Scalingup calculations and global CH4 budgets

Scaling-up calculations by Martius et al (1996), Sanderson (1996), Bignell et al (1997) and Sugimoto et al (2000) used differing assumptions and principles, but all four agree that CO2 fluxes by termites are in the range 2-5 per cent of the total from all terrestrial sources. 2 per cent is a large figure for a single insect order with about 0.01 per cent of the global terrestrial species richness, but is nevertheless only a minor source in the context of the whole C budget. With CH4 emission, it now appears that the net contribution by termites is very small, despite the fact that some trophic groups produce this potent greenhouse gas in large amounts at the point scale. Independent studies using, respectively, static chambers and natural stable isotope ratios showed that mound walls and undisturbed soil between mounds have a sink capacity exceeding production at the landscape level, presumably due to the presence of methylothrophic bacteria (Sugimoto et al, 1998b; MacDonald et al, 1999). Sanderson (1996) estimates the global emission of CH4 by termites as 19.7 ± 1.5Tg yr-1 (approximately 4 per cent of global totals), while Bignell et al (1997)

Figure 5.1 Locality CH4 budgets for near primary and primary forest in Cameroon and Borneo (kg ha-1 yr1)

Note: For each forest system the left-hand block illustrates the most commonly encountered epigeal termite mounds and arboreal nests. The right-hand block illustrates termite galleries in the soil (in some cases associated with mound-building species). Upward arrows indicate measured CH4 effluxes (from mounds) and estimated gross CH4 effluxes (from soil termite populations). Downward arrows indicate the net CH4 fluxes measured in soils (both sites are net sinks). The illustrated mounds/nests are a) Astalotermes quietus, b) Procubitermes arboricola, c) Cephalotermes rectangularis, d) Cubitermes spp, e) Cubitermes fungifaber, f) Thoracotermes macrothorax, g) Nasutitermes spp, h) Bulbitermes spp, j) Dicuspiditermes spp, k) Prohamitermes mirabilis, l) Procapritermes spp, m) Macrotermes gilvus (strictly not a forest species, but associated with tracks and paths), n) Hospitalitermes hospitalis, and o) Lacessititermes sp. Effluxes from mounds g, m and n have not been determined and are not in the budgets. Also note, some mounds may be partly or wholly occupied by other species as secondary colonizers. *The gross CH4 production by soil termites in Cameroon is the lower estimate of Bignell et al (1997). Higher fluxes are possible, reflecting large inter-annual variations in population size. Not to scale.

Source: Data from Bignell et al (1997), Macdonald et al (1999) and Jeeva (1998). Figure from Sugimoto et al (2000), by kind permission of Springer Sciences and Business Media give estimates in the range 17-96Tg yr-1. Neither Sanderson (1996) nor Bignell et al (1997) take account of local CH4 oxidation in their calculations. The arguments given above concerning the sink capacity of tropical forest soils clearly suggest that actual termite-mediated fluxes to the atmosphere in these ecosystems may be small or non-existent. Sugimoto et al (1998b) have made the only calculation of global production of CH4 that uses the field observations of actual (rather than potential) oxidation rates, which suggested that only 17-47 per cent (30 per cent on average) of the CH4 produced in epigeal termite mounds is released to the atmosphere. Although mounds can be large point sources, they may nevertheless be small contributors to the gross efflux from all termite sources at landscape level (Sugimoto et al, 1998b).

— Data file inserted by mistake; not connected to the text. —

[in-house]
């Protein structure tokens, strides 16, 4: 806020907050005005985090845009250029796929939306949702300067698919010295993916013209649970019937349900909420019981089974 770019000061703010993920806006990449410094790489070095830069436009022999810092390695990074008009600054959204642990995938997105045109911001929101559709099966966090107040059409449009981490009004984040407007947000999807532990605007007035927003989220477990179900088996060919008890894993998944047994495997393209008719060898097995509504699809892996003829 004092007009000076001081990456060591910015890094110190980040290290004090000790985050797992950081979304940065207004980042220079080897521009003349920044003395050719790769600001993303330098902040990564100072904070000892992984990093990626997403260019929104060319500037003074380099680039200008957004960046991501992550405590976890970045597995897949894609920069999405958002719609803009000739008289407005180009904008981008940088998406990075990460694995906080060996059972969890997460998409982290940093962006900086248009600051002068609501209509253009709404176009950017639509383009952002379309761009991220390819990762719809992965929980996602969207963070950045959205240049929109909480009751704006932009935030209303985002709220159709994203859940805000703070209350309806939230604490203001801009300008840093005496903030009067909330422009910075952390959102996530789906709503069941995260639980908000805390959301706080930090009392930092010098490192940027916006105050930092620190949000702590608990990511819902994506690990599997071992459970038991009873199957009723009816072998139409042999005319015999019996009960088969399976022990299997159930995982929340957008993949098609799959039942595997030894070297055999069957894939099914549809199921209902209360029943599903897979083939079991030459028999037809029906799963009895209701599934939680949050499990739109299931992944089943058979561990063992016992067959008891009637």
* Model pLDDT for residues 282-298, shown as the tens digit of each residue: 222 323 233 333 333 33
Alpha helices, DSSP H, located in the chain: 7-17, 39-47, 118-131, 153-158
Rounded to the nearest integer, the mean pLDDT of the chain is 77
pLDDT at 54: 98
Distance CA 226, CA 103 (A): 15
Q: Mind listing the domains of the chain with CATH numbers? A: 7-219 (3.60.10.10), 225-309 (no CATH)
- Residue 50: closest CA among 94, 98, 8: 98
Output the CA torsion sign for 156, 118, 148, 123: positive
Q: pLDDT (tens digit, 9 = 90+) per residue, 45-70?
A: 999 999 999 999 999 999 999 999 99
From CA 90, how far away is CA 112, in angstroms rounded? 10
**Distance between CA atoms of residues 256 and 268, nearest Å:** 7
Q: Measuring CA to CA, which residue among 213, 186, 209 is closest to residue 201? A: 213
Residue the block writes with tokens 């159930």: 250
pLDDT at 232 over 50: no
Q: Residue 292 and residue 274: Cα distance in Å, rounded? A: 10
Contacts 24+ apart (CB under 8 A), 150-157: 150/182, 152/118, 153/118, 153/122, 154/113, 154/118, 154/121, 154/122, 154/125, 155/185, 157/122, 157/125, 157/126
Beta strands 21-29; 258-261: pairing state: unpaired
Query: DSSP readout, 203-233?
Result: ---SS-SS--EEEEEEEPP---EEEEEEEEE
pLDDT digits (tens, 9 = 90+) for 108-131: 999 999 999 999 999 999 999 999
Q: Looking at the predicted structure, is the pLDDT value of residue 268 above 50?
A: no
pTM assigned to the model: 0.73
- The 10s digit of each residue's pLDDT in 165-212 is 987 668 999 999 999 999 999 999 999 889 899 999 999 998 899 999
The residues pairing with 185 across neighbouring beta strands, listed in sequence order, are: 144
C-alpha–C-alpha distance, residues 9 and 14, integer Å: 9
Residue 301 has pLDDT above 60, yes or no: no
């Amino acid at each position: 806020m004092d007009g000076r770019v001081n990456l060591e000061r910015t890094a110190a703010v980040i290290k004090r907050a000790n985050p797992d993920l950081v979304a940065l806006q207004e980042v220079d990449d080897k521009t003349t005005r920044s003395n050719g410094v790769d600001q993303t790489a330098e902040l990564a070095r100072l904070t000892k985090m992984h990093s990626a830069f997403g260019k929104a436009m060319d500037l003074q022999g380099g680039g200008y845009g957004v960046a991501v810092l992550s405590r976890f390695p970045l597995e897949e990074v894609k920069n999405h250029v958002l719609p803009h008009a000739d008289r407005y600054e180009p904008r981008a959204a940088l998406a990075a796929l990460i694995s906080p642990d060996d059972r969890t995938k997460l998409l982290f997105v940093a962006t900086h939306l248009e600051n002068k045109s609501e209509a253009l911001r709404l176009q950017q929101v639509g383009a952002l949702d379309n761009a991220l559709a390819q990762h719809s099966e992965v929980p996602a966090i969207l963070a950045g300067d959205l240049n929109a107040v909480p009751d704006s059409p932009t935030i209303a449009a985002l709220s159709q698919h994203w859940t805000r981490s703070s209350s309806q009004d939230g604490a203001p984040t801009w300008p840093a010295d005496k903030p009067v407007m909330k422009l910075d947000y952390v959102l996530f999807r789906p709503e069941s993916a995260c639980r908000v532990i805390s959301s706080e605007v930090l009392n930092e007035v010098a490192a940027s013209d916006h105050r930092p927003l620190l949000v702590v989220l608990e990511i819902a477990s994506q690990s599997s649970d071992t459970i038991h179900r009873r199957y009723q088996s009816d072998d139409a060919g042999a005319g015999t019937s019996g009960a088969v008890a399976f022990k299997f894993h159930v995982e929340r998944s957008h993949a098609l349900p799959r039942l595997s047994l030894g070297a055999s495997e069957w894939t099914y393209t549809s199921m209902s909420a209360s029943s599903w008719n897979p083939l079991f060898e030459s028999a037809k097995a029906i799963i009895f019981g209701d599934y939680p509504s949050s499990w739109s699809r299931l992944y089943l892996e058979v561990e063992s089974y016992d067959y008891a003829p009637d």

Comparing the four most comprehensive scaling-up exercises (Martius et al, 1996; Sanderson, 1996; Bignell et al, 1997; Sugimoto et al, 1998b), it is apparent that the main differences in protocols are the factoring-in of CH4 oxidation and the areas assigned to regional vegetation/biomes types (which then feed into estimations of termite biomass). This is important in the case African rainforests, which have the highest recorded abundance and biomass of termites on earth and are in general (perhaps one should say in principle) dominated by soil-feeding forms with higher rates of CH4 production. However, estimates of net global production that do not consider oxidation are unrealistic, whatever the accuracy of other assumptions they contain, so the range of 1.47-7.41Tg yr-1 given by Sugimoto et al (1998b; see Table 5.2) should be considered the best available. This is much less than the approximately 20Tg yr-1 still quoted in some chapters of the most recent report of the IPCC (IPCC, 2007).

Table 5.2 Global estimation of CH4 emissions by termites

Region and

Area

Biomass (g m-2)

Emissions (Tg yr-1)

land use

(106 km2)

Min

Max

Min

Max

Africa

rainforest

2.219

24

130

0.38

2.20

savanna

6.836

5

20

0.23

0.93

woodland

7.401

5

20

0.08

0.30

cultivated land

3.247

0

10

0

0.07

Indian subcontinent + SE Asia

rainforest

1.773

5

20

0.06

0.22

savanna

0.476

5

20

0.01

0.03

Woodland

1.277

5

20

0.02

0.09

cultivated land

4.330

0

10

0

0.16

South America

rainforest

5.318

10

60

0.27

1.59

savanna

2.259

5

20

0.05

0.22

woodland

6.271

5

20

0.15

0.60

cultivated land

3.471

0

10

0

0.17

Australasia + Oceania

rainforest

0.051

5

20

<0.01

0.01

savanna

0.881

5

20

0.03

0.11

woodland

3.884

5

20

0.12

0.48

cultivated land

1.398

0

10

0

0.09

Middle East

savanna

0.125

5

20

<0.01

0.01

woodland

2.879

5

20

0.06

0.22

cultivated land

0.707

0

10

0

0.03

Temperate forest

3.863

1

3

0.04

0.07

Total

58.7

1.47

7.41

Source: Table from Sugimoto et al (2000) by kind permission of Springer Sciences and Business Media

Source: Table from Sugimoto et al (2000) by kind permission of Springer Sciences and Business Media

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